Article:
In 'Night Moves,' Filmmaker Dredges The Tension That Lives In Quiet
AUDIE CORNISH, HOST:
Director Kelly Reichardt's films live between the spaces of words unsaid. Her body of work includes "Wendy And Lucy," "Meek's Cutoff" and "Old Joy." All of her films are marked with deliberate pacing and sparse dialogue, with the Pacific Northwest as their backdrop.
Her latest movie, "Night Moves," is no different. This one follows the story of three young environmentalists, played by Jesse Eisenberg, Dakota Fanning and Peter Sarsgaard who plan to blow up a hydroelectric dam in protest. But "Night Moves" is less about making a political statement than it is an intimate study of its characters.
KELLY REICHARDT: I like working on a small scale. I mean, you know, in my hands it would be "12 Hours A Slave" - what happened in those 12 hours?
CORNISH: Kelly Reichardt described "Night Moves" as a thriller with a small T.
REICHARDT: I like to get down to the moment-to-moment action in something and find the tension in those smaller moments that are not super over-stimulated. So a certain turn can have - you know, become a big moment that in another setting might be, you know, someone just stepped on a stick, and it cracked.
CORNISH: Now, I'm going to play a clip here. And this is a scene between Peter Sarsgaard, who plays the character of Harmon, and Jesse Eisenberg - Josh. And what they're talking about is the cash purchase of the boat that's going to be used in this crime.
(SOUNDBITE OF FILM, "NIGHT MOVES")
JESSE EISENBERG: (As Josh) She paid for it.
PETER SARSGAARD: (As Harmon) How much was that boat?
EISENBERG: (As Josh) Ten grand.
SARSGAARD: (As Harmon) Rich daddy. I don't see why she has to be here, though. She's done plenty already.
EISENBERG: (As Josh) It's part of the deal.
SARSGAARD: (As Harmon) I don't see why she just doesn't go home. We can take her down to the train station tomorrow morning. This isn't the same as those other shows, my friend. This is on a different level, you know that.
CORNISH: Kelly Reichardt, this is a scene - it was actually kind of hard to find a scene that had a lot of talking. (Laughing) Not talking, but sort of this is a rapid level of conversation, practically, for this film. Can you talk about your style little bit?
REICHARDT: I do think that there's a lot that takes place in between the dialogue and around the dialogue. And I guess I think the sort of language of the movie happens outside the dialogue for the most part. But...
CORNISH: Meaning in the silences?
REICHARDT: In the silences, and, you know, in, I guess, visual storytelling in a way, where the camera is and where the edit is or how people move or what they're doing in the silent moments - a look, a pause - and how you can use quiet to present tension as opposed to, you know, raising the score and heightening every tense moment. You can do the opposite of that and create tension, also.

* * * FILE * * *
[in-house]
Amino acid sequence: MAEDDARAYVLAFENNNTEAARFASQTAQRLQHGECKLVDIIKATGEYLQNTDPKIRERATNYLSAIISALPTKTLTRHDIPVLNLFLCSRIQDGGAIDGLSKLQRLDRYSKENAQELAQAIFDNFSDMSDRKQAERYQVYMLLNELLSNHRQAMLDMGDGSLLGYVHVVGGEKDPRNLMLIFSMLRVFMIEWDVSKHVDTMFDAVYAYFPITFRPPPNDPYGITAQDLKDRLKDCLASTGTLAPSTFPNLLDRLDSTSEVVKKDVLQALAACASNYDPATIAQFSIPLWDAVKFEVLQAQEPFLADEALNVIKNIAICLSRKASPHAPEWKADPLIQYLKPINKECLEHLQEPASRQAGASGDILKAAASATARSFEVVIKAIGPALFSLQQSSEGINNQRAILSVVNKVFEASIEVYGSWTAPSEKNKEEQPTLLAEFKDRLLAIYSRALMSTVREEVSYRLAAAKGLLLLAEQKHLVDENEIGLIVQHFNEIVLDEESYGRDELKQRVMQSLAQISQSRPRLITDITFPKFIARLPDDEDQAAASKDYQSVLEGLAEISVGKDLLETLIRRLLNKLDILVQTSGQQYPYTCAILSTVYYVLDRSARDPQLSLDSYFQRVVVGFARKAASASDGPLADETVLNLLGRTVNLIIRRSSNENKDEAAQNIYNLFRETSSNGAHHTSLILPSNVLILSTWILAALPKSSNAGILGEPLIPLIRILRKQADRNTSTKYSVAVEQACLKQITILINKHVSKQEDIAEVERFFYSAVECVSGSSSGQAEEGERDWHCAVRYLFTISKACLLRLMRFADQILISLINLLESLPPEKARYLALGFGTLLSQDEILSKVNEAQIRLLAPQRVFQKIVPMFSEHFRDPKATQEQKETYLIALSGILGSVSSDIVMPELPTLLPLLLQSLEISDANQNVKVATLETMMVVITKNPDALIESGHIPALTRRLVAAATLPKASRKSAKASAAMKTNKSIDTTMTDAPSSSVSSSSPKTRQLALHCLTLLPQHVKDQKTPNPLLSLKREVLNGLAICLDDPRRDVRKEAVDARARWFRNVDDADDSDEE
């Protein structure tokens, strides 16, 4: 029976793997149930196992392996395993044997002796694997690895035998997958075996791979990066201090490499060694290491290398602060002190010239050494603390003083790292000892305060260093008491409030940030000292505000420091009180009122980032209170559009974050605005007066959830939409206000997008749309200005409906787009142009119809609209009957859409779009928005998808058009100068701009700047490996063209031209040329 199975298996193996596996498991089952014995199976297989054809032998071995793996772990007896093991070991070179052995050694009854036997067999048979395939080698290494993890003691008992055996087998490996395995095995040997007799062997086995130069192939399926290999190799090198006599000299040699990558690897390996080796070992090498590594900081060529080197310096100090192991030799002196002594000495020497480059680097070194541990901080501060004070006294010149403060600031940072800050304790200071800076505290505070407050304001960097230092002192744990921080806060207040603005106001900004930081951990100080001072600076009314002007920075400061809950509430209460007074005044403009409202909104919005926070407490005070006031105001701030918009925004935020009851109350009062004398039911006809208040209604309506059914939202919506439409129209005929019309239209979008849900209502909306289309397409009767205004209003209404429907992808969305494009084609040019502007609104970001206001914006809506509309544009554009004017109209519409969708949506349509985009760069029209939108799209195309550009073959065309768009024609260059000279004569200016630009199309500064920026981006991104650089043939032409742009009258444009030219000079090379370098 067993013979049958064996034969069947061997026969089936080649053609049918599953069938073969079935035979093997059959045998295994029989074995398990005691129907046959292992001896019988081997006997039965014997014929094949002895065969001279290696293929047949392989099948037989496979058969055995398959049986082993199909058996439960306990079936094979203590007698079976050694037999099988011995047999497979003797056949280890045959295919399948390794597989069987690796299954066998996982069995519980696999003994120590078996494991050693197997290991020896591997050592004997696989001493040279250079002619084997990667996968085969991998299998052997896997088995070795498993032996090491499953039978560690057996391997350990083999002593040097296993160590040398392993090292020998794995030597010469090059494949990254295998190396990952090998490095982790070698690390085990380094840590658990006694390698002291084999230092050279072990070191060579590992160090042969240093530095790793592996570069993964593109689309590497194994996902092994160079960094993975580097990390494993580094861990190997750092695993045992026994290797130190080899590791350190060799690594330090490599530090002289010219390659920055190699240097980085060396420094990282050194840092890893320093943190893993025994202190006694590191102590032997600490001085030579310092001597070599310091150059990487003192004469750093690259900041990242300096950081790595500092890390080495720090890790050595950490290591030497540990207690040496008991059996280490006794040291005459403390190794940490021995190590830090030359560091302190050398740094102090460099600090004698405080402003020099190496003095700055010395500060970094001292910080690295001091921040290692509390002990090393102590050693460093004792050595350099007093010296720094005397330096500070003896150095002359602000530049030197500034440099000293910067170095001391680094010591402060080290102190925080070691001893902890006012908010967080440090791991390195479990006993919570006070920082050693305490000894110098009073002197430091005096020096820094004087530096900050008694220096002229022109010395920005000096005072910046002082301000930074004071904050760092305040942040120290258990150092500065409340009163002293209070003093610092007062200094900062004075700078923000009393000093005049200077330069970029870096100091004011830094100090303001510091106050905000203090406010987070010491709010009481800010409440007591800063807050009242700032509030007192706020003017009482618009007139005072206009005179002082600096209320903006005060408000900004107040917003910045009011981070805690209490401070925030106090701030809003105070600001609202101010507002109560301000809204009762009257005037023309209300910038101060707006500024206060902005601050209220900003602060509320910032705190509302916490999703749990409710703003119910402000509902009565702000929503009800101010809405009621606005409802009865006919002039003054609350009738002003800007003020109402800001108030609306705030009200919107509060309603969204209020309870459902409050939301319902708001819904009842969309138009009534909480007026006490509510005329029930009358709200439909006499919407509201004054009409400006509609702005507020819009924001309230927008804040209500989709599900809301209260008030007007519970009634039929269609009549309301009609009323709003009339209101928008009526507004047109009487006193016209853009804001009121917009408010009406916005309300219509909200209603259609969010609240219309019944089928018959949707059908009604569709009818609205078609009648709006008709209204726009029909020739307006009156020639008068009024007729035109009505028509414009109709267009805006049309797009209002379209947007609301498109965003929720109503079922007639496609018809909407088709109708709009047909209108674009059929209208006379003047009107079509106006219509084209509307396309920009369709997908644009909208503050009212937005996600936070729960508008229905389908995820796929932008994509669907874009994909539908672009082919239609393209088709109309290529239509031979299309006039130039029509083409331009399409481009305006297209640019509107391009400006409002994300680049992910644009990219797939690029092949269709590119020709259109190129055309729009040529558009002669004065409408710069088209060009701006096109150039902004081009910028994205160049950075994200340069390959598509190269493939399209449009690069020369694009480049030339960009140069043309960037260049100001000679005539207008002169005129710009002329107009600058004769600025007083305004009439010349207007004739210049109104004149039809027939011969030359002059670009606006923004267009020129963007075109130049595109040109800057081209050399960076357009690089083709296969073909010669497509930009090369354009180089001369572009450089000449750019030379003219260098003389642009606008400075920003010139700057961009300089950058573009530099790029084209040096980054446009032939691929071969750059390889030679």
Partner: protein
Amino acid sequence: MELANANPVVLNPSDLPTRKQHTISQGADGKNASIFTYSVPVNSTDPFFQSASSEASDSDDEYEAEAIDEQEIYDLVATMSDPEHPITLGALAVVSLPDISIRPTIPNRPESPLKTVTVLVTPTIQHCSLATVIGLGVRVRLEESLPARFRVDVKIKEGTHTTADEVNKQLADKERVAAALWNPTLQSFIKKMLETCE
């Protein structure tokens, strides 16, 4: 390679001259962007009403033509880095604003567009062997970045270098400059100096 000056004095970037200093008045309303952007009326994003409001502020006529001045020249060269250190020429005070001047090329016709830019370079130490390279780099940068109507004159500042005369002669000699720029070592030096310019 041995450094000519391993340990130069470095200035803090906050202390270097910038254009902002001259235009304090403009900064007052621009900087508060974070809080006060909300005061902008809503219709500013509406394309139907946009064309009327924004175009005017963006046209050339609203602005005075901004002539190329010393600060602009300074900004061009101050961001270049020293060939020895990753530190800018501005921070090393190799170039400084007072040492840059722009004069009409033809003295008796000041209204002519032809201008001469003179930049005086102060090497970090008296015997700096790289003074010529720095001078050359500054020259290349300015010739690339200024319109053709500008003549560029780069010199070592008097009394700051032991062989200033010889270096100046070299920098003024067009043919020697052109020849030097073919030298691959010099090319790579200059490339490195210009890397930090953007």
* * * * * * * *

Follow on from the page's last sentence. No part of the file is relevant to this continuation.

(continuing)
CORNISH: Right, most films that would be described as a thriller, there's that kind of like (singing) dun-dun, dun-dun, dun-dun, dun.
CORNISH: It's going to get louder and louder, like...
REICHARDT: Yeah, they put that in our trailer. So I saw the trailer projected last night, and it has all these, like (imitates dramatic sound), and I was like, wow. You know, I had to tell the audience that would not actually be happening in the movie. You know, I guess I do spend so much time and energy on sound design. And so I always think that the sound designs are pretty complex. They're super minimalist, but it's true I guess they're quiet in terms of voices. But did you hear the mosquitoes in the background there? There was things going on.
CORNISH: Kelly Reichardt, when I read descriptions of your work or reviews or critiques, there's this kind of persistent thread about it being quiet and meditative - or when people are being more critical, that nothing much happens and that the endings are sad. Do you feel like some of that is misread or that, you know, some of it is our own expectations about, say, what a thriller should deliver?
REICHARDT: I do think there is that. I don't really feel like it's my job to give everybody everything that they're already expecting. You know, I think it's good to not necessarily scratch every itch right when an audience wants it. I mean, otherwise we all just sort of come in knowing what we know and leave knowing what we know.
But I don't think these films are for everybody anymore than any film is. I mean, I go to the movies, and I feel so assaulted by the loudness of everything. So I don't know. I feel like every film has its own speed. I thought of "Night Moves" as my big action movie, so. (Laughing) I guess it's all relative.
CORNISH: That's director Kelly Reichardt. Her new film is called "Night Moves." It's out in theaters now. Thank you so much for talking with us.
REICHARDT: Thank you for having me.
ROBERT SIEGEL, HOST:
You're listening to ALL THINGS CONSIDERED from NPR News. Transcript provided by NPR, Copyright NPR.